Coffee and Allah
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A young Muslim woman's appetite for coffee, Islam and a good game of badminton. When Oromo Ethiopian Abeba Mohammed moves to suburban Mt Albert, she has nothing but her faith in Allah, a taste for Ethiopian coffee, and a zest for life to sustain her. From behind her purdah, and no knowledge of English, Abeba struggles to make a connection with the people of her new homeland. —Venice Film Festival
Coffee and Badminton
I recently saw this at the 2008 Palm Springs International Short Fest. This is the story of Abeba (Zahara Abbawaaaji) a new Muslim Ethiopian émigré to New Zealand who is left alone at her sister's suburban home for a few days. She is a practicing Muslim and wears a purdah with only her eyes and nose exposed to view. She frequents a local trendy modern coffee shop but not for a cup of coffee. She prefers to buy unroasted raw coffee beans and believes that in roasting, grinding and brewing them yourself the finished cup of coffee is a gift from Allah. Hesitant of interacting with the locals and mindful that they may not want to interact with her because she is foreign and a Muslim she stays home watching English language television that she can't understand and discovers she has a natural talent for the game of badminton. She also finds that people do want to know her. Directed by Sima Urale, a graduate of the New Zealand Drama School and Victorian College of the Arts Film and Television School of Australia. This only the third short from Urale in an 11 year span which I find strange considering her other two Still Life and Tamaitio were critically acclaimed award winners. She has also done a documentary and several music videos but no feature films as of yet. Dr. Shuchi Kothari is the film's writer. Abbawaaaji is not a professional actress and comes form the Aukland Ethiopian immigrant community. There is very little dialog or subtitles in this film and what dialog there is is in mostly English. Also in the cast are Joe Folau as Nonu, Jared Turner as the store manager and John Mellor as Roger. There is not much to this film but it charming and thoughtful and whimsical and looks great on the screen. If your looking for something a little different I would recommend it and give it a 8.0 out of 10.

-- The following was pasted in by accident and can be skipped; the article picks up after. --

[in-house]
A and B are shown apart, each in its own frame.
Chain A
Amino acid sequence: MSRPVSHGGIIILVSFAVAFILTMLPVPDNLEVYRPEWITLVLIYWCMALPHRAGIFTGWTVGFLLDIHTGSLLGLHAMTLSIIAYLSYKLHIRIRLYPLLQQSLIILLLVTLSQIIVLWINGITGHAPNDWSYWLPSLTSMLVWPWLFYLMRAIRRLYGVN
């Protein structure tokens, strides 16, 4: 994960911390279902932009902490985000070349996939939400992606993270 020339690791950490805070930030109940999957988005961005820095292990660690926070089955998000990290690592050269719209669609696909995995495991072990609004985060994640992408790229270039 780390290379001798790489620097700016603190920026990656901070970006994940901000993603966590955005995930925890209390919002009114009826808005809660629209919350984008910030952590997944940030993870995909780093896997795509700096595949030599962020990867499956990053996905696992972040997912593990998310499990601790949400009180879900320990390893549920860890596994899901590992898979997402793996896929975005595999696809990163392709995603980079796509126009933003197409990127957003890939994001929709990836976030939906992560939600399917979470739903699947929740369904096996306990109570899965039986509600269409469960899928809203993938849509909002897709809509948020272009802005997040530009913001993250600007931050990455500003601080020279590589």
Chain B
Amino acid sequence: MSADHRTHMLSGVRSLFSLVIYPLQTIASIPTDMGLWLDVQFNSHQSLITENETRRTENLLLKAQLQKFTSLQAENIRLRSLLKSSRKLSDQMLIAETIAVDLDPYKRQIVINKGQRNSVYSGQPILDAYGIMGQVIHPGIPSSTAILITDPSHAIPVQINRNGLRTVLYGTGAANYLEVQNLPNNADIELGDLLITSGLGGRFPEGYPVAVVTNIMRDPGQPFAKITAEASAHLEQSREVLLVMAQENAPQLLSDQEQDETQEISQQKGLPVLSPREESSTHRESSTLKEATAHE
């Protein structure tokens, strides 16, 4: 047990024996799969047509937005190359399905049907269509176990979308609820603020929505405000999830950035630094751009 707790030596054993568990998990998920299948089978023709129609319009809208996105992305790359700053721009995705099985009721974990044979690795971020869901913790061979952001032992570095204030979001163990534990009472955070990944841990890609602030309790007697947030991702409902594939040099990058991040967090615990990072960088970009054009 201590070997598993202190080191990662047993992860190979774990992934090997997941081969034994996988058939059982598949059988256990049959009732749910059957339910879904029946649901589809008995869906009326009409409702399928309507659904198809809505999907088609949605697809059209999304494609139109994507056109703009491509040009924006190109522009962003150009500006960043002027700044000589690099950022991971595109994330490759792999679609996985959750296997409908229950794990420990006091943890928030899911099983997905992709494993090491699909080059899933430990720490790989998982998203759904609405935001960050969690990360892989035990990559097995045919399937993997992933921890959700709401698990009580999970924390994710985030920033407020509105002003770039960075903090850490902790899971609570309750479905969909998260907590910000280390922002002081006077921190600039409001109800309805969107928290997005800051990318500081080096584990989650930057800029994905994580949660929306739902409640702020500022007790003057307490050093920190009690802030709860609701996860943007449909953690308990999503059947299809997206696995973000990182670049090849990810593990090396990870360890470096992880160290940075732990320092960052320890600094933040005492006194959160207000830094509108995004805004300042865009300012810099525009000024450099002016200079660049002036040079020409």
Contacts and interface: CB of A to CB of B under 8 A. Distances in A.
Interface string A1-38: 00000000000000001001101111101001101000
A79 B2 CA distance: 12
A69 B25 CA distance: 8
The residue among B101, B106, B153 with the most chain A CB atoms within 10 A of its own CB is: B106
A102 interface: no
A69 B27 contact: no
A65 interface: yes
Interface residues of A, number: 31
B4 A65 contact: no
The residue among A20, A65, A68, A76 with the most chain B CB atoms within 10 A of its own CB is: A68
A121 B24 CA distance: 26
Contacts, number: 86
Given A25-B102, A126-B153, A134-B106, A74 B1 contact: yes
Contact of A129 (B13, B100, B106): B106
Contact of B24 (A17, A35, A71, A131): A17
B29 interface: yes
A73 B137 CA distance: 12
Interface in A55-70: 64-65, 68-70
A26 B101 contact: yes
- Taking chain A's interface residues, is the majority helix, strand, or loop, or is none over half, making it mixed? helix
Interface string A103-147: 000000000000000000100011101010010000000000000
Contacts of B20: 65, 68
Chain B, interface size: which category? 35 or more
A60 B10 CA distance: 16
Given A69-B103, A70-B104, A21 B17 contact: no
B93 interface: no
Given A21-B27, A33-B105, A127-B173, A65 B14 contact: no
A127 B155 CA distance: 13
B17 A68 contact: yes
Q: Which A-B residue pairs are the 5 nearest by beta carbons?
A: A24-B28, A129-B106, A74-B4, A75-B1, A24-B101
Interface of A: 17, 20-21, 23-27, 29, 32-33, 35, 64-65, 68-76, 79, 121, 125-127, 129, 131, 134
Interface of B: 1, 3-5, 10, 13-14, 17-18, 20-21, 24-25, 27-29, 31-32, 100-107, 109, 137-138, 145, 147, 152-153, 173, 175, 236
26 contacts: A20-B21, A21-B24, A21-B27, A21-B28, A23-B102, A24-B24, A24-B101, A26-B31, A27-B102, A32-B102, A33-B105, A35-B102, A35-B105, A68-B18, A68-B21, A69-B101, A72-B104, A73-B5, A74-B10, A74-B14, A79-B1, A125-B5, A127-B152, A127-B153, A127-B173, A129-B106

- Aug 30, 2008
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